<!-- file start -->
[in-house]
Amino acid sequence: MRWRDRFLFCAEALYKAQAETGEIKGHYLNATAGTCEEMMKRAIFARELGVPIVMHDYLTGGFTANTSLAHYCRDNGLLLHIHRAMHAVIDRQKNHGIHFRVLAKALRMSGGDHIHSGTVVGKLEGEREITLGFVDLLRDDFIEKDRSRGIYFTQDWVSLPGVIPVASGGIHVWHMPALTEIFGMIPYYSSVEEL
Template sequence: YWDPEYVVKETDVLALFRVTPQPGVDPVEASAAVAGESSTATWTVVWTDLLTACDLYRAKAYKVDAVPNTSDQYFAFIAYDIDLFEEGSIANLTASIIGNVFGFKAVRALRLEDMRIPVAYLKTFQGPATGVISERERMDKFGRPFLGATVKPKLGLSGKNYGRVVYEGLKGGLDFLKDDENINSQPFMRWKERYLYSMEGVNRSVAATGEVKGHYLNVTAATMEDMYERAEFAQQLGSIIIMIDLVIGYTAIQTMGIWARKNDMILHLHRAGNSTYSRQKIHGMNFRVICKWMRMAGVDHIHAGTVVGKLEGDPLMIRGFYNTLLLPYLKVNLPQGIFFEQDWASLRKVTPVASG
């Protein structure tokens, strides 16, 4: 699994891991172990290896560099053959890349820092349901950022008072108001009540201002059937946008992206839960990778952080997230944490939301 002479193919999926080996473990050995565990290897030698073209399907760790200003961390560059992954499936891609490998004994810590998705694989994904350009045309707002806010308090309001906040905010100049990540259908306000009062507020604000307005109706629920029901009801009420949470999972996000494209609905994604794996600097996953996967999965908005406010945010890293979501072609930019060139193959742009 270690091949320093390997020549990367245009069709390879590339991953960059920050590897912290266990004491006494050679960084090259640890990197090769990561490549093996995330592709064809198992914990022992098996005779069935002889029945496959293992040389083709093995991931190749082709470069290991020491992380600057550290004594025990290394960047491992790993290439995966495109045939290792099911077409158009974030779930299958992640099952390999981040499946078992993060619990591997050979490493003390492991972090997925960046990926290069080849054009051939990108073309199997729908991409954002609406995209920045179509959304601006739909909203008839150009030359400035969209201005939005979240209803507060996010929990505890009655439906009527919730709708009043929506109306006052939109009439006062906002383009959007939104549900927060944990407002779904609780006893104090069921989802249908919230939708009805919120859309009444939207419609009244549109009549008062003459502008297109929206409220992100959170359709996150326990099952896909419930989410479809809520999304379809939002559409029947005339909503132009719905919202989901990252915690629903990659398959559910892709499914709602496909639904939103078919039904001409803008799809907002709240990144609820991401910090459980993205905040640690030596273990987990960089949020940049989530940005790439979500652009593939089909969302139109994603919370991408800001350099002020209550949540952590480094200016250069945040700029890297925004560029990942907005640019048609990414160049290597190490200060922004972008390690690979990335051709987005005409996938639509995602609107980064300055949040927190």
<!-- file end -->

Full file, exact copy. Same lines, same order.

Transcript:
[in-house]
Amino acid sequence: MRWRDRFLFCAEALYKAQAETGEIKGHYLNATAGTCEEMMKRAIFARELGVPIVMHDYLTGGFTANTSLAHYCRDNGLLLHIHRAMHAVIDRQKNHGIHFRVLAKALRMSGGDHIHSGTVVGKLEGEREITLGFVDLLRDDFIEKDRSRGIYFTQDWVSLPGVIPVASGGIHVWHMPALTEIFGMIPYYSSVEEL
Template sequence: YWDPEYVVKETDVLALFRVTPQPGVDPVEASAAVAGESSTATWTVVWTDLLTACDLYRAKAYKVDAVPNTSDQYFAFIAYDIDLFEEGSIANLTASIIGNVFGFKAVRALRLEDMRIPVAYLKTFQGPATGVISERERMDKFGRPFLGATVKPKLGLSGKNYGRVVYEGLKGGLDFLKDDENINSQPFMRWKERYLYSMEGVNRSVAATGEVKGHYLNVTAATMEDMYERAEFAQQLGSIIIMIDLVIGYTAIQTMGIWARKNDMILHLHRAGNSTYSRQKIHGMNFRVICKWMRMAGVDHIHAGTVVGKLEGDPLMIRGFYNTLLLPYLKVNLPQGIFFEQDWASLRKVTPVASG
């Protein structure tokens, strides 16, 4: 699994891991172990290896560099053959890349820092349901950022008072108001009540201002059937946008992206839960990778952080997230944490939301 002479193919999926080996473990050995565990290897030698073209399907760790200003961390560059992954499936891609490998004994810590998705694989994904350009045309707002806010308090309001906040905010100049990540259908306000009062507020604000307005109706629920029901009801009420949470999972996000494209609905994604794996600097996953996967999965908005406010945010890293979501072609930019060139193959742009 270690091949320093390997020549990367245009069709390879590339991953960059920050590897912290266990004491006494050679960084090259640890990197090769990561490549093996995330592709064809198992914990022992098996005779069935002889029945496959293992040389083709093995991931190749082709470069290991020491992380600057550290004594025990290394960047491992790993290439995966495109045939290792099911077409158009974030779930299958992640099952390999981040499946078992993060619990591997050979490493003390492991972090997925960046990926290069080849054009051939990108073309199997729908991409954002609406995209920045179509959304601006739909909203008839150009030359400035969209201005939005979240209803507060996010929990505890009655439906009527919730709708009043929506109306006052939109009439006062906002383009959007939104549900927060944990407002779904609780006893104090069921989802249908919230939708009805919120859309009444939207419609009244549109009549008062003459502008297109929206409220992100959170359709996150326990099952896909419930989410479809809520999304379809939002559409029947005339909503132009719905919202989901990252915690629903990659398959559910892709499914709602496909639904939103078919039904001409803008799809907002709240990144609820991401910090459980993205905040640690030596273990987990960089949020940049989530940005790439979500652009593939089909969302139109994603919370991408800001350099002020209550949540952590480094200016250069945040700029890297925004560029990942907005640019048609990414160049290597190490200060922004972008390690690979990335051709987005005409996938639509995602609107980064300055949040927190």